Pensacola’s Post Pluto (say that three times quickly!) returned to Maddox after a brilliant show at Great Outdoors Jam with lots of sit-ins. PP doles out funk and rock in equal measures. After lighting everyone up with “Not 285” and “Do What You Gotta Do,” the band suddenly nailed that unmistakable riff from “What is Love” (yes, that one), and they covered it with gusto.
Singer Mike Garcia is the visual focal point. His Davey Jones hair falls in curly ringlets onto his shoulders as he bounces and dances non-stop. His style reminds you of Joe Cocker’s enthusiasm without the quirkiness. The band hit some righteous jams along the way, finally closing with “Funkledon (Would It Matter Either Way?)”
Mantra Number Two is: expect the unexpected: delight in discovering (for yourself) new bands. Timothy Eerie certainly fit the bill in this regard. Midway through the hippy, trippy set, singer a said, “This is our first festival ever!” Guaranteed it won’t be their last; they made a lot of new fans with this set.
The first tune was trip a la The Doors, and they kept the vibe up all set long. Bass, drums, two guitars and keyboards provided the sounds, with vocals from Spacey Casey and Kaci Jo. The very experimental set took a nice turn with covers of “White Rabbit” and “Don’t Make No Difference” (Janis). Host and artist-at-large Trey joined in on harp for a number. This was a blast.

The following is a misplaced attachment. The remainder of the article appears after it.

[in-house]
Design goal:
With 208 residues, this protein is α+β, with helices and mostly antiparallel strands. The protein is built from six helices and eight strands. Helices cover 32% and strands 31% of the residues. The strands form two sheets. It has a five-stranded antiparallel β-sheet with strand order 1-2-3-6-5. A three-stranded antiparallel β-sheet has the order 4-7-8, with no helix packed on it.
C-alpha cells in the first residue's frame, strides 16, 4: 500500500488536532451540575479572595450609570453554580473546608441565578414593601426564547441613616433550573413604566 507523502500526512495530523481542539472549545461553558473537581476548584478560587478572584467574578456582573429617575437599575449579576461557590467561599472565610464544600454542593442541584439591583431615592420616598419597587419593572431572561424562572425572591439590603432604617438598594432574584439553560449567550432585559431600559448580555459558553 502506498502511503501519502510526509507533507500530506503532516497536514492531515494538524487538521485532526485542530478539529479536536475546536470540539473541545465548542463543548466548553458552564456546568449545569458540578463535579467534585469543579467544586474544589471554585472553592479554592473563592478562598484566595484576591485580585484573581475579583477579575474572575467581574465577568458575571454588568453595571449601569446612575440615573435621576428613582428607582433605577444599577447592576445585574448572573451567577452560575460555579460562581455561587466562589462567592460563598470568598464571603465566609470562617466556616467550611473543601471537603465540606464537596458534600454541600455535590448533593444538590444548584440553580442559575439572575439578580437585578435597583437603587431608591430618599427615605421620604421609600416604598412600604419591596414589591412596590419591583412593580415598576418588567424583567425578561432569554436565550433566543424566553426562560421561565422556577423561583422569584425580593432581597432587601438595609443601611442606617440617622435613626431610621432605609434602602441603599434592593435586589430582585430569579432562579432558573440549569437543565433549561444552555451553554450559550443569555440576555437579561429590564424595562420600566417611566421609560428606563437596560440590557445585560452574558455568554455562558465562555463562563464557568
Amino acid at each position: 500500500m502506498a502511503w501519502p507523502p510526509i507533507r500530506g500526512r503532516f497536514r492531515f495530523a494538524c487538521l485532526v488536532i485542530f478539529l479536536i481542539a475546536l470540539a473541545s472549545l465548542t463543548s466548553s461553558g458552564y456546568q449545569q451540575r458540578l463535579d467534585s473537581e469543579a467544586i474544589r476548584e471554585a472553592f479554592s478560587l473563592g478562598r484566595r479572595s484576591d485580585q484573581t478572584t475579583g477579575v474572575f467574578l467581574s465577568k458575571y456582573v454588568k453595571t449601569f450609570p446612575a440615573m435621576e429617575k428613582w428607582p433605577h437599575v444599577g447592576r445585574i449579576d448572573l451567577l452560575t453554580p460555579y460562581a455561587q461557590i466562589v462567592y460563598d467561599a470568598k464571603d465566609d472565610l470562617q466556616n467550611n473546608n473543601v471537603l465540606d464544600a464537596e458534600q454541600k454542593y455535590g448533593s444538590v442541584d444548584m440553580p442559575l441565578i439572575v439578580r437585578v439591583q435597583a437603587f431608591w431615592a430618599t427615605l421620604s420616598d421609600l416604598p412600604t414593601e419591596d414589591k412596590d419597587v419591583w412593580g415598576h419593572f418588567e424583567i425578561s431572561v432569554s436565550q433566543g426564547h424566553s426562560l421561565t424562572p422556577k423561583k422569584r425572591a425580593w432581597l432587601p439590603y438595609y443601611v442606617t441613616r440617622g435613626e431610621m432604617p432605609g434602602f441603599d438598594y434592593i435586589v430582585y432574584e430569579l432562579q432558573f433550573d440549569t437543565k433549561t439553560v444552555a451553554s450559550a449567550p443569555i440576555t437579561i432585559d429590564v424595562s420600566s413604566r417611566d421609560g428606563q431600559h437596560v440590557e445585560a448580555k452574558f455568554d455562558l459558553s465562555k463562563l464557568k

Thursday’s headliners, The Southern Belles, call Richmond VA home. This was their first trip to Florida for a series of dates. And with this set Pat and I determined the buzzphrase for the weekend. Given that I try to avoid the F-word (well, when I write, anyway), let’s just say the phrase was “sick as funk.” Which we could also abbreviate as SAF. You’ll know what I’m talking about.
Because The Southern Belles (you know there are no ‘belles’ in this band) were “sick as funk.” We had no idea what to expect; fortunately, Trey did when he selected them. It was brilliant, tight set, with all four members showing huge chops. Keyboard player Tommy Booker in particular was amazing. My notes are undecipherable, but the feeling was truly magical. They opened with “Big City” and “Everywhere.” Juanjamon staged-rushed with his tenor sax at some point: “Thanks to the mystery sax player!” On the last long jam on “Jet,” guitarist Adrian Ciucci blew it all the way up. Put them on your list of bands you NEED to see.
The closing set was meant to be the grand finale for The Happy Campers, a joyous collective looking forward to an amicable breakup. A pair of illnesses kept bassist Andy Lytle flat on his back at home and drummer Ian McLeod the same. Thus it became the Legacy Orchestra Collective, and nobody is better at assembling an impromptu band that Sean (Legacy) Maloney. Along with fellow Happy Camper Colin Getts (guitar and vocals), Maloney found a great band including another artist-at-large, Holey Miss Moley’s Vernon Suber on percussion, Juanjamon on bass, and The Rev. Funky D… on drums!